With two Jews running for president for the first time in the history of the Democratic Party, it would seem odd to accuse that party of anti-Semitism, but it’s hard to deny it has been there for years—remember the eruption over Israel–Palestine at the Dems’ 2012 convention—and is growing.
Needless to say, this is occurring under the mantle of anti-Israel/anti-Zionism, but that bogus veneer has long been debunked as an obvious cover for bigotry.
Rep. Ilhan Omar (D-Minn.) made that abundantly clear when she defined the U.S.–Israel alliance as being “about the Benjamins.”
Indeed, it at first appeared that of the five current Democratic candidates for president, only Michael Bloomberg would attend the American Israel Public Affairs Committee (AIPAC) on March 1 and 2, a complete reversal of historic behavior.
Pete Buttigieg—putatively a moderate—announced he wouldn’t go, and quondam leftist Sen. Elizabeth Warren (D-Mass.) followed the Twitter admonition to #skipAIPAC a while back.
Sen. Amy Klobuchar (D-Minn.) had originally declared her intention to bypass the event, although she eventually changed her mind—under who knows what pressure—and finally agreed to address the conference via video.
Similarly, mainline Democratic Party standard Joe Biden was unwilling to commit until he too promised a video-only appearance.
This is particularly ironic since, over the years, AIPAC—despite trying to be impartial—has tilted Democratic, and Republicans have sometimes felt unwelcome at the annual conclave.
It goes without saying the other Jewish candidate, Independent Sen. Bernie Sanders, is not going to be there. After all, the Vermont senator has, on multiple occasions, accused the Israeli government of being racist. (These same “racists” are currently among the leaders in saving the entire world medically from the coronavirus pandemic—not very racist of them.)
One wonders the depth of these candidates’ knowledge of the Middle East conflict in general or if they are just pandering to an increasingly anti-Semitic constituency.
Last-minute “attendee” Klobuchar didn’t even know the name of the president of Mexico, our second-biggest trading partner, so my guess is the intricacies of the Arab–Israeli negotiations would be, excuse the reference, Chinese to her.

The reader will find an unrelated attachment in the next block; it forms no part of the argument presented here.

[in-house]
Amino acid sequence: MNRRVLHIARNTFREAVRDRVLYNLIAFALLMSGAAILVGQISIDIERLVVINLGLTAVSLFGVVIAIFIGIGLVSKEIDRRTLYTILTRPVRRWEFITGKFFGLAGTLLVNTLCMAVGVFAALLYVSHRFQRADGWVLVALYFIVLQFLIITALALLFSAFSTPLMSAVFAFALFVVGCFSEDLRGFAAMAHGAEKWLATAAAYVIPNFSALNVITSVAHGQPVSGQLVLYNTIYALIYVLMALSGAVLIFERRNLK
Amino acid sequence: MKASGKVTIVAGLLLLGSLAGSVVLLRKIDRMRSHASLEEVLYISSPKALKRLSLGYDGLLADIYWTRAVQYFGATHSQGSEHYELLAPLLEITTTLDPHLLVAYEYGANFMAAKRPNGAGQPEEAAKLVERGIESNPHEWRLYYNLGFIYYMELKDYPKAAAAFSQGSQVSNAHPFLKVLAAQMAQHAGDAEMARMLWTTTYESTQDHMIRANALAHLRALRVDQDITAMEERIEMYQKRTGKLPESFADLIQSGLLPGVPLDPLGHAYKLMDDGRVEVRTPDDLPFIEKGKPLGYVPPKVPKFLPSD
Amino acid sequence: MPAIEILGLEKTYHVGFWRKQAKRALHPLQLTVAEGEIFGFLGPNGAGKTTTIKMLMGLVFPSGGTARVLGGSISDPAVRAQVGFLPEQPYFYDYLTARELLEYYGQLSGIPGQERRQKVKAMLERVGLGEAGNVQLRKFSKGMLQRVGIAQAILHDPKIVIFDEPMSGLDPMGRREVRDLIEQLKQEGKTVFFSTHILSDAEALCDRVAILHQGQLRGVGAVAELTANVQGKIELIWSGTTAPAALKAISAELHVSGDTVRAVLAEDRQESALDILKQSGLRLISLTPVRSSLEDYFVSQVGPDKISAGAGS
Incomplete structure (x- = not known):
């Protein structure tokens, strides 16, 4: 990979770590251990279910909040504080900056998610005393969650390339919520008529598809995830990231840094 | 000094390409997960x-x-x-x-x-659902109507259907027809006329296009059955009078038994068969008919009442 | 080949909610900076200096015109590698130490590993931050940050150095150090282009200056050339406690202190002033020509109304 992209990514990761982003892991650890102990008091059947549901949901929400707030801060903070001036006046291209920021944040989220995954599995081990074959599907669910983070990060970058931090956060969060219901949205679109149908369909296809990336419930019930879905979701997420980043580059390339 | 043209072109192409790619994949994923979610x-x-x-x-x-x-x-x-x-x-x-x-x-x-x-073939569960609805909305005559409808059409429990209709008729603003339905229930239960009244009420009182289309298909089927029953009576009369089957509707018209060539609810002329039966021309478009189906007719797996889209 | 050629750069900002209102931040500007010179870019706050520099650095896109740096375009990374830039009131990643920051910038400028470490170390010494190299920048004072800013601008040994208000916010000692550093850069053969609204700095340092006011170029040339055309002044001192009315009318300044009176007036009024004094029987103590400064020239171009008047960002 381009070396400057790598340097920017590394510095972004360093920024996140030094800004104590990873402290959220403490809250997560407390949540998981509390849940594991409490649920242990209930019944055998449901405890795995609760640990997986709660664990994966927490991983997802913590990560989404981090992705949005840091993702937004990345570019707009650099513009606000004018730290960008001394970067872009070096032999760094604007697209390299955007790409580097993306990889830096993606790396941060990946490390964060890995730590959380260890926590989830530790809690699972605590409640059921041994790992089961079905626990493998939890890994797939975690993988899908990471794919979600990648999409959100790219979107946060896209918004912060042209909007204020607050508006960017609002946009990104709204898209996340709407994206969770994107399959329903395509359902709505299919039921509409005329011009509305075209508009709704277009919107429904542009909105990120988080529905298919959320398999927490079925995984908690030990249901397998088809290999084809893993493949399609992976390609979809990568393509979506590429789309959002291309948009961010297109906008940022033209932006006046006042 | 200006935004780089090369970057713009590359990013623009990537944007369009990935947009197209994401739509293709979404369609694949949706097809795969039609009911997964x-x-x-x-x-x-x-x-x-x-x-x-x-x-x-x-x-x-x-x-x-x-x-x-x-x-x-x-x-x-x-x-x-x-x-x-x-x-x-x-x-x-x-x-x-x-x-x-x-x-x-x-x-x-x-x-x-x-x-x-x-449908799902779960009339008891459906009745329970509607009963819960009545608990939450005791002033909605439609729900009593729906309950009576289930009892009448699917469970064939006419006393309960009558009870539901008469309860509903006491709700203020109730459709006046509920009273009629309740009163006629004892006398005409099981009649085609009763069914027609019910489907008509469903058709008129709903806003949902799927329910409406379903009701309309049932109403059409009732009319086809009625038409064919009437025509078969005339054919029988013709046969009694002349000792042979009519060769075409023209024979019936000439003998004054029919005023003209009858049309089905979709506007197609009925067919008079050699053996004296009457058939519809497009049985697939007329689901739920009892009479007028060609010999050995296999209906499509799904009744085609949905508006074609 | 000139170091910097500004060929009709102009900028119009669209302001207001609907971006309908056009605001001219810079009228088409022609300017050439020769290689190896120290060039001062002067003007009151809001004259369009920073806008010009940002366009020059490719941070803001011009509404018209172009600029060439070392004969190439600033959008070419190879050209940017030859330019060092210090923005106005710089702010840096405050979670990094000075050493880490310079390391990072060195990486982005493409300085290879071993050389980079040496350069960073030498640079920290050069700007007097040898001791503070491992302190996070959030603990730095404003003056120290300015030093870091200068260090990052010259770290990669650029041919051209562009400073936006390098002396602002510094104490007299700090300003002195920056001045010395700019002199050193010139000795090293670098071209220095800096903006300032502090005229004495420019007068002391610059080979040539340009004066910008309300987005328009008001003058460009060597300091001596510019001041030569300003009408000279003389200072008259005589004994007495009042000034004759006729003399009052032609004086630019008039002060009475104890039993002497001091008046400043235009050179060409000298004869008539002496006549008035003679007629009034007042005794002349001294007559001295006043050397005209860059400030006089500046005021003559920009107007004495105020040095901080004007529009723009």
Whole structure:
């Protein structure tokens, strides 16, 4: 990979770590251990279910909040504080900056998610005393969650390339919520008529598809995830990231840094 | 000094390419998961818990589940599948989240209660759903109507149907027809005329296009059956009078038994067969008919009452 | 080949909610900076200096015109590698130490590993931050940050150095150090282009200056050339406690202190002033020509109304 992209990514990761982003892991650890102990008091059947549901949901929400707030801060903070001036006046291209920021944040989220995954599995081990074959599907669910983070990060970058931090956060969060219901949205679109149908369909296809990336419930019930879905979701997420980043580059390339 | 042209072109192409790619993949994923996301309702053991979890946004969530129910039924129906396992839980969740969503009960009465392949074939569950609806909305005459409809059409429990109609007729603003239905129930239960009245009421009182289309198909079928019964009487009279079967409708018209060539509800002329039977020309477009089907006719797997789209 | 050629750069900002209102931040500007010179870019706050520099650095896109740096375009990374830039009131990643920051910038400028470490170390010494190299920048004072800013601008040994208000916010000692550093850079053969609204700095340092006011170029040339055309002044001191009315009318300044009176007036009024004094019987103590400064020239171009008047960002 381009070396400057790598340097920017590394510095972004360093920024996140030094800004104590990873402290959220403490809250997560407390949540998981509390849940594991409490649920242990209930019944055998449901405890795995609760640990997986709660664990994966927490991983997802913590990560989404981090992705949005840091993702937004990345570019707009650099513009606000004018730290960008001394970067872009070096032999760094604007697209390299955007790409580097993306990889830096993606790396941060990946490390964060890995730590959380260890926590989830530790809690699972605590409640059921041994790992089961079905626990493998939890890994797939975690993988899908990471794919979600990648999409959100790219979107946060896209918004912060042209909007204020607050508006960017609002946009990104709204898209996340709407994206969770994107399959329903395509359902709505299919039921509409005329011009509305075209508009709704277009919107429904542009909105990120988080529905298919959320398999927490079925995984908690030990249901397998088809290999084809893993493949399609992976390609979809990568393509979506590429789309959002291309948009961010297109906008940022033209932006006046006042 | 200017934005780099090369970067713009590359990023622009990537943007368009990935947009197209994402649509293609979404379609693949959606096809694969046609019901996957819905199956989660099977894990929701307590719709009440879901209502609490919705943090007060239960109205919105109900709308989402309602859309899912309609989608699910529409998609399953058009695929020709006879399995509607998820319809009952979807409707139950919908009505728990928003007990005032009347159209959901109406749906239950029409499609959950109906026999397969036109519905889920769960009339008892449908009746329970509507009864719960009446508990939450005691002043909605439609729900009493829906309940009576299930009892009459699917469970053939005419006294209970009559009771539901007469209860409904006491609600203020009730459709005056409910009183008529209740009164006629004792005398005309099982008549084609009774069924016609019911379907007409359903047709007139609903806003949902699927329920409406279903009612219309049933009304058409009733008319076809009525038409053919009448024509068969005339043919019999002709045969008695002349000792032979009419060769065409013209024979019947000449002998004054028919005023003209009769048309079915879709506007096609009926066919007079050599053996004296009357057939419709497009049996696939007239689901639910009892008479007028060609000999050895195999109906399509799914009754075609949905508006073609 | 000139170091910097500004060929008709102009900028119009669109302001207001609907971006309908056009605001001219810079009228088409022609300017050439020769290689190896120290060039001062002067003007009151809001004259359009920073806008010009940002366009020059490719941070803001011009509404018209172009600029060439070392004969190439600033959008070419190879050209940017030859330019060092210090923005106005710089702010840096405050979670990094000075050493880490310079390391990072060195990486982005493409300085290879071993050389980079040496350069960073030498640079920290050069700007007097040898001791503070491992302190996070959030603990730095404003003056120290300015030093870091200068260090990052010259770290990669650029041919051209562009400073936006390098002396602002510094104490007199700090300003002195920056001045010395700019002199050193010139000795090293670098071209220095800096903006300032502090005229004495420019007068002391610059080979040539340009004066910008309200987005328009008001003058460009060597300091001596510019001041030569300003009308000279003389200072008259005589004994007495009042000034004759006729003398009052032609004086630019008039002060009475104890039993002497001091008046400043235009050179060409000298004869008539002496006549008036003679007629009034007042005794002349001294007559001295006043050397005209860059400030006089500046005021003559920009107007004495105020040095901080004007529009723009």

Doubtless, she and most of the others are at best vaguely aware then-Israeli Prime Minister Ehud Olmert offered the Palestinians virtually everything they asked for in 2008 and Abbas never replied, leading one to believe that the Palestinians—their leadership anyway—were never really interested in a two-state solution in the first place.
It also calls into question the Oslo process that has failed now for more than 25 years, despite the efforts of many well-meaning people.
But never mind. This isn’t about the truth. This is about seeming “progressive,” i.e., supporting the supposedly legitimate grievances of oppressed Third World people even, if it must, including Hezbollah and Hamas. That’s the organization that chants “Hamas, Hamas, Jews to the Gas!” at demonstrations, lest we English speakers are unclear on where they stand.
Sanders, a man who claims to be proud he is Jewish, stands on podiums not only with those who back or shrug their shoulders at Hamas, but also with the likes of Linda Sarsour, who was banned by leftwing feminists, of all groups, for her overt anti-Semitism. He further stood with an imam who publicly called for the destruction of Israel.
This isn’t new. Back when it came to supporting the imprisoned Soviet Jews during the era of the refuseniks, Sanders was silent. It’s hard not to see that stance as his sympathies for communism override what should have been opposition to the most heinous human rights abuses. The ends justify the means, I suppose.
These same sympathies for communist totalitarianism have pervaded his career to this day. We know how he has excused Castro, Ortega, and both Chavez and Maduro of Venezuela.
It’s hard to imagine him at AIPAC. How would the audience have reacted? I hope they wouldn’t have welcomed him. It’s probably good that he wasn’t there.
More importantly, what does this mean for the Jewish vote in 2020. Historically, it has been radically in favor of the Democrats—roughly 70 to 30—except for during the Reagan administration, when somewhat more Jews voted Republican.
Should Sanders win the nomination, it will be interesting to see how Jews respond. Trump has done more for Israel than any president since Truman, who was the first to recognize the state. The Israelis love and acknowledge this; American Jews, not so much.
Can this change? Will this change? As we all know, old habits die hard.
Roger L. Simon is The Epoch Times’ senior political columnist. His most recent novel is “The GOAT.”
Views expressed in this article are the opinions of the author and do not necessarily reflect the views of The Epoch Times.